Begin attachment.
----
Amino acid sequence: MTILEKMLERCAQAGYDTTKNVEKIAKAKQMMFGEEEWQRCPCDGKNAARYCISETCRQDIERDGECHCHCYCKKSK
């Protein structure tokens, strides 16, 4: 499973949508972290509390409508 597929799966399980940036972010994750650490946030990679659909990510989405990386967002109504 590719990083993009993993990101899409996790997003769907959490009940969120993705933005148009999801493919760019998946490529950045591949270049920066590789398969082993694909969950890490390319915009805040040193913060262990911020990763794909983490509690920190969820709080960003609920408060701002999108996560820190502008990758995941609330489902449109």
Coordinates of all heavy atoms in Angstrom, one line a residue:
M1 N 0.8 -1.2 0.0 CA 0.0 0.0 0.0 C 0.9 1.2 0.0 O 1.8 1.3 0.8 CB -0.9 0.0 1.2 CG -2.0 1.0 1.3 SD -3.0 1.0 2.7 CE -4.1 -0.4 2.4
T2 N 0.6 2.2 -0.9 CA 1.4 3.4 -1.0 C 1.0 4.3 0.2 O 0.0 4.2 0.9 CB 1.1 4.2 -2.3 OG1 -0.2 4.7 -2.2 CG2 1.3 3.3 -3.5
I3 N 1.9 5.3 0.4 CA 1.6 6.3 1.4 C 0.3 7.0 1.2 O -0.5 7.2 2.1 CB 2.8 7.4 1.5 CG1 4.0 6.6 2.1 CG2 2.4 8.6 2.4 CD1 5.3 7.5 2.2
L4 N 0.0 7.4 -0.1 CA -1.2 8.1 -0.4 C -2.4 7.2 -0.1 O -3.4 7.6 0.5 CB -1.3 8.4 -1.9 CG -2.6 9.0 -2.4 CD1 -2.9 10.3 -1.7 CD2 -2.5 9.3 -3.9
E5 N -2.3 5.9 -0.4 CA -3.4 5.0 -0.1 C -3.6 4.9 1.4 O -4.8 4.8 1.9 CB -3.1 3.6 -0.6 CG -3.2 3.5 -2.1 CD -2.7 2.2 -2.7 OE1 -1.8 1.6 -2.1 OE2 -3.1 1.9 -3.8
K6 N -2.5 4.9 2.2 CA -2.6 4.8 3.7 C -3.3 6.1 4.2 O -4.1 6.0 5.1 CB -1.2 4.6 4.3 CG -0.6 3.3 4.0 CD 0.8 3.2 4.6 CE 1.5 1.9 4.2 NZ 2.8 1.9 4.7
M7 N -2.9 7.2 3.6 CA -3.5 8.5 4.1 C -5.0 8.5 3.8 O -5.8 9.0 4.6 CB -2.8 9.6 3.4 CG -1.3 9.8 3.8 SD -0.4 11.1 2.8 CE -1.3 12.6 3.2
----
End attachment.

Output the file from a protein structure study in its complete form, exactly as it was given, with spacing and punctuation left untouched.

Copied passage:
Amino acid sequence: MTILEKMLERCAQAGYDTTKNVEKIAKAKQMMFGEEEWQRCPCDGKNAARYCISETCRQDIERDGECHCHCYCKKSK
């Protein structure tokens, strides 16, 4: 499973949508972290509390409508 597929799966399980940036972010994750650490946030990679659909990510989405990386967002109504 590719990083993009993993990101899409996790997003769907959490009940969120993705933005148009999801493919760019998946490529950045591949270049920066590789398969082993694909969950890490390319915009805040040193913060262990911020990763794909983490509690920190969820709080960003609920408060701002999108996560820190502008990758995941609330489902449109």
Coordinates of all heavy atoms in Angstrom, one line a residue:
M1 N 0.8 -1.2 0.0 CA 0.0 0.0 0.0 C 0.9 1.2 0.0 O 1.8 1.3 0.8 CB -0.9 0.0 1.2 CG -2.0 1.0 1.3 SD -3.0 1.0 2.7 CE -4.1 -0.4 2.4
T2 N 0.6 2.2 -0.9 CA 1.4 3.4 -1.0 C 1.0 4.3 0.2 O 0.0 4.2 0.9 CB 1.1 4.2 -2.3 OG1 -0.2 4.7 -2.2 CG2 1.3 3.3 -3.5
I3 N 1.9 5.3 0.4 CA 1.6 6.3 1.4 C 0.3 7.0 1.2 O -0.5 7.2 2.1 CB 2.8 7.4 1.5 CG1 4.0 6.6 2.1 CG2 2.4 8.6 2.4 CD1 5.3 7.5 2.2
L4 N 0.0 7.4 -0.1 CA -1.2 8.1 -0.4 C -2.4 7.2 -0.1 O -3.4 7.6 0.5 CB -1.3 8.4 -1.9 CG -2.6 9.0 -2.4 CD1 -2.9 10.3 -1.7 CD2 -2.5 9.3 -3.9
E5 N -2.3 5.9 -0.4 CA -3.4 5.0 -0.1 C -3.6 4.9 1.4 O -4.8 4.8 1.9 CB -3.1 3.6 -0.6 CG -3.2 3.5 -2.1 CD -2.7 2.2 -2.7 OE1 -1.8 1.6 -2.1 OE2 -3.1 1.9 -3.8
K6 N -2.5 4.9 2.2 CA -2.6 4.8 3.7 C -3.3 6.1 4.2 O -4.1 6.0 5.1 CB -1.2 4.6 4.3 CG -0.6 3.3 4.0 CD 0.8 3.2 4.6 CE 1.5 1.9 4.2 NZ 2.8 1.9 4.7
M7 N -2.9 7.2 3.6 CA -3.5 8.5 4.1 C -5.0 8.5 3.8 O -5.8 9.0 4.6 CB -2.8 9.6 3.4 CG -1.3 9.8 3.8 SD -0.4 11.1 2.8 CE -1.3 12.6 3.2